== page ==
SQL stands for the structured query language. It is the most basic language for dealing with various relational databases. SQL is used to insert, update, search and delete database records. SQL is an ANSI standard language, and there are many different versions of this language. All the relational database management systems like MySQL, MS Access, Oracle, and Informix use this standard tool for data interpretation.
Applications of SQL
Some of the main applications for SQL are:
This language is capable of retrieving information within the database for processing transactions. The most widely used elements are select, insert, update, add, delete, truncate, alter and create.
Queries through Analytics
Data analysts use SQL for setting and running queries regularly.
The primary function is to write data integration scripts that are used by database administrators.
The users can do modifications to the index structures and tables. Moreover, it is also possible to add, update and delete the rows by employing this language.
Why should you use SQL?
SQL has several benefits, and the use of this programming language is growing in numbers. As companies collect more data, there would be a need to store this information. SQL quickly steps into the shoes of efficiently storing information and keeping records of large databases.
This structured query language runs on PCs, laptops, servers and also on your smartphone. It is an extremely flexible language that can be moved from one device to another.
- The coding is done in English, and so it is easier to learn and understand this programming.
- SQL is used by major vendors like IBM and Microsoft, who develop DBMS structures.
- This language can be used to write programs using the databases.
- SQL is an open-source language and has a large user community which can make the system less expensive than its competitors.
- Language can be used across different architectures, including three-tiered internet architectures.
- SQL offers different data views of the structures which are based on the input provided by the user.
- SQL supports client-server architecture links front end computers with their respective servers.
Introduction to SQL Views
SQL uses views to interpret your relations databases. There are other ways to see the data on the tables like using the select statement with join or union clauses. SQL views are nothing but virtual tables that are produced by setting up a query command. The relational databases store the information as Select in the database query log. A view contains all the rows from the table or only the selected rows from the table. It is also possible to produce multiple views for a meal. Views allow the user to structure data into natural and intuitive classes, and it can also help to prevent access to visible data and to modify only what is required. Views also help to summarize data from the multiple tables and used to prepare reports.
Creating, deleting, inserting and updating your views
In this section, you are going to look at some examples of creating, deleting and ways to update your views. Let’s go and check them out:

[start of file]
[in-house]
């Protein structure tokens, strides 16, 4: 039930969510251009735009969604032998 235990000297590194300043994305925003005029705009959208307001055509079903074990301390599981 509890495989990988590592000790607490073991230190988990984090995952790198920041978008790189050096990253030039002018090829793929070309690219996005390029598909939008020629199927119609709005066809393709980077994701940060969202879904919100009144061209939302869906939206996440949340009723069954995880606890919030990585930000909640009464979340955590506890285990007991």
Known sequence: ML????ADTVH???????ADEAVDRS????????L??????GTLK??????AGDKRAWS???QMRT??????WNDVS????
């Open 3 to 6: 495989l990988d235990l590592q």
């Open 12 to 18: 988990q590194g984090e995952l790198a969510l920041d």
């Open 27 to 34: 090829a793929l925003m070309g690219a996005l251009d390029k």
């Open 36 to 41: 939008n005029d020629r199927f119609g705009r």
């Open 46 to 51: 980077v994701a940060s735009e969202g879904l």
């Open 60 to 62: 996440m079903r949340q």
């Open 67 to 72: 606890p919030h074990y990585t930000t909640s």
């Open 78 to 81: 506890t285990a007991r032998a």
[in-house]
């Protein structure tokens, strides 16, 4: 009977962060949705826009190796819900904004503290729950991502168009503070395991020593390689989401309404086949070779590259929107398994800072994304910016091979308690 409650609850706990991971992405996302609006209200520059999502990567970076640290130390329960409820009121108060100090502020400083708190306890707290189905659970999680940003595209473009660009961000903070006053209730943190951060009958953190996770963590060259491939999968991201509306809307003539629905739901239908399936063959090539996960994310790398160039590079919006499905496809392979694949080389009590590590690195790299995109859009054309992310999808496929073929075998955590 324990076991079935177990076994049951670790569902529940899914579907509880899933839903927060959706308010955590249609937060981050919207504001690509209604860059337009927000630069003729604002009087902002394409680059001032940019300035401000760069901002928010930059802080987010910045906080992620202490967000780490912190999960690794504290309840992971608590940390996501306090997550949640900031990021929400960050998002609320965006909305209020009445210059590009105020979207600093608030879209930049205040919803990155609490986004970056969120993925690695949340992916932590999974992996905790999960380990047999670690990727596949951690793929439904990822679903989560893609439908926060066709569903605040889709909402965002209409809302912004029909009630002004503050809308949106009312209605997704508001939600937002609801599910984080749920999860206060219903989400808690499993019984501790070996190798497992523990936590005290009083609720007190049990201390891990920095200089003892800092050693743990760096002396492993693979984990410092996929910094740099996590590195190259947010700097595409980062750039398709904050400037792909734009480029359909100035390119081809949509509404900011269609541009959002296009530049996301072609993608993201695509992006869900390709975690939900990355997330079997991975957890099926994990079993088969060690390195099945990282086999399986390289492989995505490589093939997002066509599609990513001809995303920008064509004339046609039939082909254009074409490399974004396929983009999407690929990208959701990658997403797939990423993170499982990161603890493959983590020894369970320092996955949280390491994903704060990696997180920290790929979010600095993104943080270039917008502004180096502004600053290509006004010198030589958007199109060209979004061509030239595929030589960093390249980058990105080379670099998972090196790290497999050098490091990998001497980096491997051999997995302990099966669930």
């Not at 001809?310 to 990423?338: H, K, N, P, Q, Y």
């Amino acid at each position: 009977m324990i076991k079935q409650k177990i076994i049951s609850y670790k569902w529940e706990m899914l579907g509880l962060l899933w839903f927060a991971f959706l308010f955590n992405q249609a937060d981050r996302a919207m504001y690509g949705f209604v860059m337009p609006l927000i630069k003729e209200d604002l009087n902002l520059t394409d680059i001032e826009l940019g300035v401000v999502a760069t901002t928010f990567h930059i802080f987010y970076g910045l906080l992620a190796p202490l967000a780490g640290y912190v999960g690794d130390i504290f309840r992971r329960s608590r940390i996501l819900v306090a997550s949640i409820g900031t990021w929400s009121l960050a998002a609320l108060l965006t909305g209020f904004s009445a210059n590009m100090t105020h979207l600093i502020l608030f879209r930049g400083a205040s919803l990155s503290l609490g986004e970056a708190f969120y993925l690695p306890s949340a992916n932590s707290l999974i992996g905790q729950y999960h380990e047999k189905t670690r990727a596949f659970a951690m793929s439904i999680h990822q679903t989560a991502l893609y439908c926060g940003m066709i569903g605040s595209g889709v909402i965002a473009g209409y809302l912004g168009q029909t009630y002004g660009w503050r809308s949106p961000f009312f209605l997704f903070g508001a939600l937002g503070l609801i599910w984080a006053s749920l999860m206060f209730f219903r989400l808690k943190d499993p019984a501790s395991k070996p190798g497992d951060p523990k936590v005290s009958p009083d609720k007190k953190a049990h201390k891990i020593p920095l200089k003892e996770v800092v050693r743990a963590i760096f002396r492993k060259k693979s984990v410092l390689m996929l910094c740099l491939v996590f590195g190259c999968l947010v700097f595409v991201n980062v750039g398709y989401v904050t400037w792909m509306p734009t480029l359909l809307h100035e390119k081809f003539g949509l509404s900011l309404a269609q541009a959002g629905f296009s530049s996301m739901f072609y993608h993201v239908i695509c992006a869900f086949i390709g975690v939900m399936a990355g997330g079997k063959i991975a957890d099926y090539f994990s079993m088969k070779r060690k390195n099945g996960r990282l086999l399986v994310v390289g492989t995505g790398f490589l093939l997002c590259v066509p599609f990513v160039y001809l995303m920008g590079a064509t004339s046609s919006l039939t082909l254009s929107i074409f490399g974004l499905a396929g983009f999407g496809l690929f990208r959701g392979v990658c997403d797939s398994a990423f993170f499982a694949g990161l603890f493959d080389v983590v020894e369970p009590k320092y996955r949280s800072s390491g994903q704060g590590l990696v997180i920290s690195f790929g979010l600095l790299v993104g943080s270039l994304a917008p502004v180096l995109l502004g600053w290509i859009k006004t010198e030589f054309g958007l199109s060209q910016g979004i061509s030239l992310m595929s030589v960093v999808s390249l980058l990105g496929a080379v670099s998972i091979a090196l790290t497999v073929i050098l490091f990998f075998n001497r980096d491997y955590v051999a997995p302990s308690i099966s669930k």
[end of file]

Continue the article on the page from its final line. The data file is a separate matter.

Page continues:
Creating Views in SQL
For using this view, you need to use the create view command as write this statement:
Create view: View_name AS Select column1, column2 From table_name Where[condition];
It is also possible to create multiple tables using the select common as is SQL SELECT query.
Creating a view from the table, you will get:
CREATE VIEW EMPLOYEE_VW AS SELECT NAME, AGE, SALARY FROM EMPLOYEE
From the overhead view, the following column will be generated:
SELECT * FROM EMPLOYEE_VW
It is possible to create views from one more table
Updating views in SQL
It is also possible to update views, but there are certain conditions that need to be fulfilled.
The SELECT should not contain:
- Set function
- Summary function
- Keyword DISTINCT
- Order by clause
- Set operators
The FROM clause should not have multiple tables
There should be no subqueries in the WHERE clause
HAVING and GROUP BY should not be present
No updated calculated columns
It is important to insert ALL NOT NULL columns from the base table into the Insert query function
The Syntax should be:
CREATE OR REPLACE VIEW view _name AS SELECT column1, column2 From table_name Where[condition]
So if we want to see the department name, the table should look like this.
To add the location column, we need to update the view as:
Create or replace view dept_view as
Select employee.id, employee.name,
from employee, department
Where the employee.id = department.id;
Inserting into views
The syntax should be read as
Insert into view_name(column1, column2, column3…n) values(value1, value2, value3,….n)
To view Emplyee_vw a row needs to be inserted to the statement like
Insert into employee-Vw (name, age, salary,) values( ‘Mahim’, ‘24’, ‘24000’)
The table should look like these after insertion:
The syntax for deleting view is:
Delete from view_name Where [Condition]
Delete row from view:
Delete from employee_vw where name = ‘Rishi’;
After deletion the result is displayed thus:
Select * from employee-WV
SQL doesn’t provide any standard definition of materialized views, but it stands for view expressions stored in the database systems. View maintenance is employed to keep the database up to date. This is a useful tool to access the views frequently and saves calculation time.
SQL views add extra security protection to the database, which is extremely important to maintain relational database systems. Pictures can become challenging to use if there are frequent changes to the database structure. So, views are quite handy for creating structures but depend upon the usage.